1. I couldn't bear to be away from baseball, so I picked up this novel by the great sportswriter Deford. The dust jacket proclaimed it to be "a novel of modern baseball," and that's about right. There's a megastar and his manager and each of them has a life which we get to peek into. The writing is solid and good, the prose isn't too purple (the baseball writing is great), and the characters really do come to life in their nuanced struggles. I especially loved the baseball-insider perspective, and [...]

    2. I'm not a baseball fan nor one of baseball stories. I tried The Entitled based on author Frank Deford's excellent commentaries on NPR. I wanted to see how he handles fiction. Now I wonder how he handles the facts. A lot of curves bases between these covers.At first I was disappointed with the shambling prose. I expected Deford to be striking out batters with three pitches. Instead, we were served "with the saddest most sympathetic expression . . . bassetfaced", ". . . or some such thing" or "In [...]

    3. This had to be one of my quickest reads. I started it on a 3 hour plane ride from Chicago to Fort Myers and finished it the following day on the beach. What caught my eye initially was the author - Frank Deford, who is famously known for writing "Everybody's All-American", an old football movie that I enjoyed watching. So I immediately snagged this one because he wrote it and because it was about baseball. The story centers around an old-school manager, Howie Traveler, who just got his shot in t [...]

    4. Meh. What I really can't stand in modern day sports journalism is how everyone who played/coached before the 1990s is just such a great guy because he played before the era of free agency and ridiculous salaries. This makes him a better person because he does not have the sense of "entitlement" that the modern day athlete apparently just stumbled upon overnight.Take the case of Howie Travler. The guy was a lousy husband and father, and yet because he toiled in the minors for years and paid his d [...]

    5. I wanted to love this book, but I just ended up liking it. It is ultimately my favorite piece of sports fiction I have read, and I love Frank Deford, but it was odd. The characters were just a little bit off and the style was not typical of most sports fiction. I can't quite point out the weaknesses other than I was left wanting more and then I got less.

    6. The subtitle to this book is “A Tale of Modern Baseball,” and that’s exactly what it is. The on-field accounts are true to the game, and one of the dust-cover endorsements is from Hall-of-Famer Mike Schmidt, which lends credibility. Reading this book in the deepest part of the off-season may be the best-possible time to read it—when you’re a baseball fan who is itching for something to fill in that part of winter in which the hot stove has lost its fervor and the freshness and promise [...]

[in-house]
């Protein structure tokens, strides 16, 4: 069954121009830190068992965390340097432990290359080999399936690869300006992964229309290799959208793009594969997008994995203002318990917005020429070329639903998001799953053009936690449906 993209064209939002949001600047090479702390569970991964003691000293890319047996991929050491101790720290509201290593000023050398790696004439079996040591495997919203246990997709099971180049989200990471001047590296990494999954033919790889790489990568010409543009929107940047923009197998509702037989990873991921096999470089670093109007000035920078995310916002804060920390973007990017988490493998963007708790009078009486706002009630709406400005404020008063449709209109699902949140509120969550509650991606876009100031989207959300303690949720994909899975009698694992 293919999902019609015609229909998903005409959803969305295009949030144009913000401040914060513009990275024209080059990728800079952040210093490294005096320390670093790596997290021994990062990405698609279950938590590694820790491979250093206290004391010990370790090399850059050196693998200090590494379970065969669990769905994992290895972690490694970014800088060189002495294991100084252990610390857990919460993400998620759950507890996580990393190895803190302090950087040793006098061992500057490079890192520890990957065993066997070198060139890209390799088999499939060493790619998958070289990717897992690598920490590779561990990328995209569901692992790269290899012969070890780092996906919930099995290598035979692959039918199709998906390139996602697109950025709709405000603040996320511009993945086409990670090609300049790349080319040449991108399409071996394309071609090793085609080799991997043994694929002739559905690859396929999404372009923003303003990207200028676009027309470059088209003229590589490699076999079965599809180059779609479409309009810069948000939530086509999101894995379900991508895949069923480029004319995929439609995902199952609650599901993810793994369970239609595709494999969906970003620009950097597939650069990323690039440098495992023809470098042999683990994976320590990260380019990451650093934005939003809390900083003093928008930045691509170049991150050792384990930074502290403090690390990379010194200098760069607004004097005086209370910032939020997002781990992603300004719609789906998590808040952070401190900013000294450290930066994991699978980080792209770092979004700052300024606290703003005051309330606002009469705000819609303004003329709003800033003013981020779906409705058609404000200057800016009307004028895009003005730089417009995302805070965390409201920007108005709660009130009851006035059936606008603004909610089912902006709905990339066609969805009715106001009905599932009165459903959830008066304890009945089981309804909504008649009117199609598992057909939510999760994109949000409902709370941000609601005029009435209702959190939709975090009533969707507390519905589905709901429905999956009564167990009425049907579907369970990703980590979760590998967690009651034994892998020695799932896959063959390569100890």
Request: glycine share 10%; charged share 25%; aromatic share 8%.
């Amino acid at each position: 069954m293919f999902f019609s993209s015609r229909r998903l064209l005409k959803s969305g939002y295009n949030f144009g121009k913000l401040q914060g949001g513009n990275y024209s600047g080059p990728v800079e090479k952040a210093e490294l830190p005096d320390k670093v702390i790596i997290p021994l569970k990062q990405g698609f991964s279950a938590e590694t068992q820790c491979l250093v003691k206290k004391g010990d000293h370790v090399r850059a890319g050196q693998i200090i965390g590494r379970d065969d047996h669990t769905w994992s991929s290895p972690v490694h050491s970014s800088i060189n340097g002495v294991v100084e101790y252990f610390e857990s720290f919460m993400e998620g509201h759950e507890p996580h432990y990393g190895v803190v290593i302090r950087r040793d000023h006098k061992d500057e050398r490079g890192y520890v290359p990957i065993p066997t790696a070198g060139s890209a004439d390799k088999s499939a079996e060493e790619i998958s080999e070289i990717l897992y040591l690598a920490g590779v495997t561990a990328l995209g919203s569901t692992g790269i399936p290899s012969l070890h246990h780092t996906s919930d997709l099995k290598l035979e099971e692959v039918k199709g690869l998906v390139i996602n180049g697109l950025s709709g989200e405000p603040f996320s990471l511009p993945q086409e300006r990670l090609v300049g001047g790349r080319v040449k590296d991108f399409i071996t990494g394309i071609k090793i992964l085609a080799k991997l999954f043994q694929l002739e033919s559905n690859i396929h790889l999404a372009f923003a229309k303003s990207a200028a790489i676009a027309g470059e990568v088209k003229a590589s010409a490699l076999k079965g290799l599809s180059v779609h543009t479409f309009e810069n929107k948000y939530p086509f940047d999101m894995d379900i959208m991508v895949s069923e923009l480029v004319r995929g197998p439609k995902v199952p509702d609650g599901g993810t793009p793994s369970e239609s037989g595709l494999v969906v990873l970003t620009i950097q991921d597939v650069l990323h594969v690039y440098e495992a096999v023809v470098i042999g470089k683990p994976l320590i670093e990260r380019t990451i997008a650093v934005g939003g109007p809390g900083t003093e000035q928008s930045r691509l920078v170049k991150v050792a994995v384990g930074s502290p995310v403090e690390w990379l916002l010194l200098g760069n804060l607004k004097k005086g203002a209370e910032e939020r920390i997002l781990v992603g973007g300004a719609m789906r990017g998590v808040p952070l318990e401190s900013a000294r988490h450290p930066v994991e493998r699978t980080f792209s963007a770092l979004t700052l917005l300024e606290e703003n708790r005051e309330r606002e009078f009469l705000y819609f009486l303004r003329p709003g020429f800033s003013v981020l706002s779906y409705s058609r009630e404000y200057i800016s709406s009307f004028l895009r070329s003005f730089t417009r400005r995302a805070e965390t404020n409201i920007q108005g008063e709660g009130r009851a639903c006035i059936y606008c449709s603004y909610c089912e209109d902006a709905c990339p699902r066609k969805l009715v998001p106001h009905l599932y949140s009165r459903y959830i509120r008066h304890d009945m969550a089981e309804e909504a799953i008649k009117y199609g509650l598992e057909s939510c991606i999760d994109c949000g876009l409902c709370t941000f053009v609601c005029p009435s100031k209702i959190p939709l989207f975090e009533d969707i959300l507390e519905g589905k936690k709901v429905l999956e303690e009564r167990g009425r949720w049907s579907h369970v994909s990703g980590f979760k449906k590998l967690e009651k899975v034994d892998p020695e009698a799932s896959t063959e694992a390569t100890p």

7. I downloaded this ebook to my Nook library in 2012 when it was free from Barnes and Noble. It is nice to find a "guy" book that is not a murder mystery. It might be a good discussion book for a book club.

    8. An easy and enjoyable read. I believe that it gives insight into how baseball runs. It also touches on an important and timely topic for our society.

    9. I liked this book, partly because it's about baseball and it talks a lot about baseball, but also because it's good reading. But as you can see I'm only giving it three stars because, while it was fun going and fun reading, it's not clear to me what the point was, if there was one. (One of the odd things is that my edition came with a sort of study guide with some questions to ask yourself about the book. They didn't help.)The book is mainly about Howie Traveler, manager of a professional baseba [...]

    10. A Bit TOO EntitledThe Entitled is several stories rolled into one. It begins as a story about a man whose life dream is to make it in the big leagues. When that dream falls short, he spends the remainder of his adulthood striving to make it big as an MLB manager and these efforts cost him his marriage and relationships with his children. Enter a big star player whose feats have gone to his head and you have the makings of this book. Each man, old and young, has their own haunts, fears and obstac [...]

    11. The Entitled, by Frank Deford, begins with Howie Traveler, who had spent a lifetime in baseball as an unimpressive player and then as a long-time coach and manager in the minor leagues. He finally landed a major league manager position with the Cleveland Indians when he was in his mid-fifties. Unfortunately, he expects to be fired at the end of his second season with the Indians. However, before that unfolds, Deford takes the reader through a wonderful story that reveals the life stories of Howi [...]